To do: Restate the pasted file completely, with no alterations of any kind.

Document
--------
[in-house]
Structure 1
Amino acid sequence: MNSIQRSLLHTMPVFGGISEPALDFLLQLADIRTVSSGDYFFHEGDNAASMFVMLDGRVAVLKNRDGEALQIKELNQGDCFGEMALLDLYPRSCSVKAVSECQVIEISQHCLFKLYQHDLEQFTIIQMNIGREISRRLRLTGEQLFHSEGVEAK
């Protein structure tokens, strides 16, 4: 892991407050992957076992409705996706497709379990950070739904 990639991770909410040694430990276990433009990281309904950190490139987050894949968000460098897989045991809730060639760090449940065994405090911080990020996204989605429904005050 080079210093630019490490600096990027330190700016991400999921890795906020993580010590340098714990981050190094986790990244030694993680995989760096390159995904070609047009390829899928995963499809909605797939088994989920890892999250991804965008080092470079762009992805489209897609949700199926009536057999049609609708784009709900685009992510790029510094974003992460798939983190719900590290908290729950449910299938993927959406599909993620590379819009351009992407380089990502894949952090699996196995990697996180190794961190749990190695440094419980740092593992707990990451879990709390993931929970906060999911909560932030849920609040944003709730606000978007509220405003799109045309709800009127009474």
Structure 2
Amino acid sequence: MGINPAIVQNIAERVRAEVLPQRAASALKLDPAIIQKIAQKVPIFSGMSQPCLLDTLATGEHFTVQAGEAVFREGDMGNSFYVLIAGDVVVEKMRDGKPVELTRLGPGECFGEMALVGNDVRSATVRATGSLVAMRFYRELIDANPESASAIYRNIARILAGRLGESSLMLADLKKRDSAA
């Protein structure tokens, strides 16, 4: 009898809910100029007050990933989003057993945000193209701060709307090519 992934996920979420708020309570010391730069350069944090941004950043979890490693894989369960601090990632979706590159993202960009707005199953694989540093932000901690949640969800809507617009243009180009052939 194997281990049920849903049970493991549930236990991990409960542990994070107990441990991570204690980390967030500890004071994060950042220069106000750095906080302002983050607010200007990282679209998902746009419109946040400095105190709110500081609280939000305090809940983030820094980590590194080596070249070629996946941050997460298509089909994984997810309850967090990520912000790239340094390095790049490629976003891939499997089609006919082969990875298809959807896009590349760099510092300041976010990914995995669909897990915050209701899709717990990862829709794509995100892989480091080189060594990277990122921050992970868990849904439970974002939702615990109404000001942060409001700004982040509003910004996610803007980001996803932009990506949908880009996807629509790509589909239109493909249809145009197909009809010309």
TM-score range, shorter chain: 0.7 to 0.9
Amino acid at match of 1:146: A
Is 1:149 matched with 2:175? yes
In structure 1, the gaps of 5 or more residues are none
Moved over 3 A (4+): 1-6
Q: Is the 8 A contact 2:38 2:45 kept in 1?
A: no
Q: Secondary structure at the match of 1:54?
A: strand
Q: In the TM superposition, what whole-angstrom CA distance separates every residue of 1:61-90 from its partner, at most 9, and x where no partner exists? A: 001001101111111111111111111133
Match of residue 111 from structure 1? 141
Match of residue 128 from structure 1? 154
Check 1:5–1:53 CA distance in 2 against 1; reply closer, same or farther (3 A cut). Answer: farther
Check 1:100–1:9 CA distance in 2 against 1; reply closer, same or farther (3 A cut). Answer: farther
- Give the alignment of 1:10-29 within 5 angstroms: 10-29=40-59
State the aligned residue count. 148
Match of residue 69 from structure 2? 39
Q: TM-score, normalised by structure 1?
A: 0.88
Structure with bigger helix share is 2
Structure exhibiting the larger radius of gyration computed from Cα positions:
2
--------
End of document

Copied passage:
[in-house]
Structure 1
Amino acid sequence: MNSIQRSLLHTMPVFGGISEPALDFLLQLADIRTVSSGDYFFHEGDNAASMFVMLDGRVAVLKNRDGEALQIKELNQGDCFGEMALLDLYPRSCSVKAVSECQVIEISQHCLFKLYQHDLEQFTIIQMNIGREISRRLRLTGEQLFHSEGVEAK
């Protein structure tokens, strides 16, 4: 892991407050992957076992409705996706497709379990950070739904 990639991770909410040694430990276990433009990281309904950190490139987050894949968000460098897989045991809730060639760090449940065994405090911080990020996204989605429904005050 080079210093630019490490600096990027330190700016991400999921890795906020993580010590340098714990981050190094986790990244030694993680995989760096390159995904070609047009390829899928995963499809909605797939088994989920890892999250991804965008080092470079762009992805489209897609949700199926009536057999049609609708784009709900685009992510790029510094974003992460798939983190719900590290908290729950449910299938993927959406599909993620590379819009351009992407380089990502894949952090699996196995990697996180190794961190749990190695440094419980740092593992707990990451879990709390993931929970906060999911909560932030849920609040944003709730606000978007509220405003799109045309709800009127009474």
Structure 2
Amino acid sequence: MGINPAIVQNIAERVRAEVLPQRAASALKLDPAIIQKIAQKVPIFSGMSQPCLLDTLATGEHFTVQAGEAVFREGDMGNSFYVLIAGDVVVEKMRDGKPVELTRLGPGECFGEMALVGNDVRSATVRATGSLVAMRFYRELIDANPESASAIYRNIARILAGRLGESSLMLADLKKRDSAA
């Protein structure tokens, strides 16, 4: 009898809910100029007050990933989003057993945000193209701060709307090519 992934996920979420708020309570010391730069350069944090941004950043979890490693894989369960601090990632979706590159993202960009707005199953694989540093932000901690949640969800809507617009243009180009052939 194997281990049920849903049970493991549930236990991990409960542990994070107990441990991570204690980390967030500890004071994060950042220069106000750095906080302002983050607010200007990282679209998902746009419109946040400095105190709110500081609280939000305090809940983030820094980590590194080596070249070629996946941050997460298509089909994984997810309850967090990520912000790239340094390095790049490629976003891939499997089609006919082969990875298809959807896009590349760099510092300041976010990914995995669909897990915050209701899709717990990862829709794509995100892989480091080189060594990277990122921050992970868990849904439970974002939702615990109404000001942060409001700004982040509003910004996610803007980001996803932009990506949908880009996807629509790509589909239109493909249809145009197909009809010309």
TM-score range, shorter chain: 0.7 to 0.9
Amino acid at match of 1:146: A
Is 1:149 matched with 2:175? yes
In structure 1, the gaps of 5 or more residues are none
Moved over 3 A (4+): 1-6
Q: Is the 8 A contact 2:38 2:45 kept in 1?
A: no
Q: Secondary structure at the match of 1:54?
A: strand
Q: In the TM superposition, what whole-angstrom CA distance separates every residue of 1:61-90 from its partner, at most 9, and x where no partner exists? A: 001001101111111111111111111133
Match of residue 111 from structure 1? 141
Match of residue 128 from structure 1? 154
Check 1:5–1:53 CA distance in 2 against 1; reply closer, same or farther (3 A cut). Answer: farther
Check 1:100–1:9 CA distance in 2 against 1; reply closer, same or farther (3 A cut). Answer: farther
- Give the alignment of 1:10-29 within 5 angstroms: 10-29=40-59
State the aligned residue count. 148
Match of residue 69 from structure 2? 39
Q: TM-score, normalised by structure 1?
A: 0.88
Structure with bigger helix share is 2
Structure exhibiting the larger radius of gyration computed from Cα positions:
2